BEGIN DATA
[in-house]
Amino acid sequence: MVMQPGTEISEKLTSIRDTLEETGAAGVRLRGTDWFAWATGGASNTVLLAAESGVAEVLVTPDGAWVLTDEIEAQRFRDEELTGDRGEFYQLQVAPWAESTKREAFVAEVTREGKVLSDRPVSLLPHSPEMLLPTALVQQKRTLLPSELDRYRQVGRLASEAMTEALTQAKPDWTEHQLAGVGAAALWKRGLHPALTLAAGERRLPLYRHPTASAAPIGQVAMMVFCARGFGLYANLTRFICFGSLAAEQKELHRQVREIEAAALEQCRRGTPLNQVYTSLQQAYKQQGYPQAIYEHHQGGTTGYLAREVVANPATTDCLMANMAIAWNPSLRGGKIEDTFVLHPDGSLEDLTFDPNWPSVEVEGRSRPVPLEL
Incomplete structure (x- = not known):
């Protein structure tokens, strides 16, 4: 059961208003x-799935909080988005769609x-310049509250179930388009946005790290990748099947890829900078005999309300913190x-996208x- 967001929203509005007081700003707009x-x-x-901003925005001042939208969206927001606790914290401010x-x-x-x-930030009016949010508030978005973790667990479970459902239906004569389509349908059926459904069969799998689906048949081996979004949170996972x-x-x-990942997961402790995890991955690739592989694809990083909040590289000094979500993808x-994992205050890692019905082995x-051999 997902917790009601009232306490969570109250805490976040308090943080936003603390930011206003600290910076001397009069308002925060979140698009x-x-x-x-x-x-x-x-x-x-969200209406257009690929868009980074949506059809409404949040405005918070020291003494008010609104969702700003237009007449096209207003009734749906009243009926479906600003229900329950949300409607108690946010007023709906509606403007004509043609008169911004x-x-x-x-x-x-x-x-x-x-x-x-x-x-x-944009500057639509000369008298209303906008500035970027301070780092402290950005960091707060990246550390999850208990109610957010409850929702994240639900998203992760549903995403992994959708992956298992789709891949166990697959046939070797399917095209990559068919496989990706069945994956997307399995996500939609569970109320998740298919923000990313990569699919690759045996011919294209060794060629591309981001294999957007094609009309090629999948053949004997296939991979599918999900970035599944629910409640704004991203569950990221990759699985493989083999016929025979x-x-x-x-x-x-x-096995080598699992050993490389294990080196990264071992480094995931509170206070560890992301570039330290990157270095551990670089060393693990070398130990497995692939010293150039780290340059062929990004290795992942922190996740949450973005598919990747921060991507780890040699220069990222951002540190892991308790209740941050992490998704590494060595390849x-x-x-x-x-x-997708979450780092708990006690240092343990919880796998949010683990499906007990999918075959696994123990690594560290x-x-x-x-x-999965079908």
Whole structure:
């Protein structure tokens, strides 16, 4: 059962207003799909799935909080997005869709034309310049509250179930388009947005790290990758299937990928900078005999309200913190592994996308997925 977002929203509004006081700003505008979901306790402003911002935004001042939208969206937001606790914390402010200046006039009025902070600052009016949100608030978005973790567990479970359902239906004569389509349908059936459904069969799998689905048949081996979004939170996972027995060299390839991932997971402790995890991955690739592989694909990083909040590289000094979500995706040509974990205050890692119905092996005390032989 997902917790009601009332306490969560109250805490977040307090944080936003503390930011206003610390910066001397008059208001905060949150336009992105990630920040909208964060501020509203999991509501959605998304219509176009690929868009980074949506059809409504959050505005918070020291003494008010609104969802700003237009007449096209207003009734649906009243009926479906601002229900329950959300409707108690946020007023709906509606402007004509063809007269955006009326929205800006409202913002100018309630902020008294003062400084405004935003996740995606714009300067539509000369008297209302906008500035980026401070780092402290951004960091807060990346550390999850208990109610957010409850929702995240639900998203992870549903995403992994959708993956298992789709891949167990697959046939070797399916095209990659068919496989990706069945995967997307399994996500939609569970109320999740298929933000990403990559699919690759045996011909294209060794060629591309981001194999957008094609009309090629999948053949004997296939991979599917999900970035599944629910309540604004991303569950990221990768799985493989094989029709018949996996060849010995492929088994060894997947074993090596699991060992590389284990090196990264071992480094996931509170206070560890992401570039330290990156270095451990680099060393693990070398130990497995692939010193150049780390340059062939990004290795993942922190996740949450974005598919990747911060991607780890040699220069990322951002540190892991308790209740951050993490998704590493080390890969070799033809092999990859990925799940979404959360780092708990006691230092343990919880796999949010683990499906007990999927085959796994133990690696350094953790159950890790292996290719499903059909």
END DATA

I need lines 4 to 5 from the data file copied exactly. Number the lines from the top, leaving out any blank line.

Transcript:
């Protein structure tokens, strides 16, 4: 059961208003x-799935909080988005769609x-310049509250179930388009946005790290990748099947890829900078005999309300913190x-996208x- 967001929203509005007081700003707009x-x-x-901003925005001042939208969206927001606790914290401010x-x-x-x-930030009016949010508030978005973790667990479970459902239906004569389509349908059926459904069969799998689906048949081996979004949170996972x-x-x-990942997961402790995890991955690739592989694809990083909040590289000094979500993808x-994992205050890692019905082995x-051999 997902917790009601009232306490969570109250805490976040308090943080936003603390930011206003600290910076001397009069308002925060979140698009x-x-x-x-x-x-x-x-x-x-969200209406257009690929868009980074949506059809409404949040405005918070020291003494008010609104969702700003237009007449096209207003009734749906009243009926479906600003229900329950949300409607108690946010007023709906509606403007004509043609008169911004x-x-x-x-x-x-x-x-x-x-x-x-x-x-x-944009500057639509000369008298209303906008500035970027301070780092402290950005960091707060990246550390999850208990109610957010409850929702994240639900998203992760549903995403992994959708992956298992789709891949166990697959046939070797399917095209990559068919496989990706069945994956997307399995996500939609569970109320998740298919923000990313990569699919690759045996011919294209060794060629591309981001294999957007094609009309090629999948053949004997296939991979599918999900970035599944629910409640704004991203569950990221990759699985493989083999016929025979x-x-x-x-x-x-x-096995080598699992050993490389294990080196990264071992480094995931509170206070560890992301570039330290990157270095551990670089060393693990070398130990497995692939010293150039780290340059062929990004290795992942922190996740949450973005598919990747921060991507780890040699220069990222951002540190892991308790209740941050992490998704590494060595390849x-x-x-x-x-x-997708979450780092708990006690240092343990919880796998949010683990499906007990999918075959696994123990690594560290x-x-x-x-x-999965079908």
Whole structure: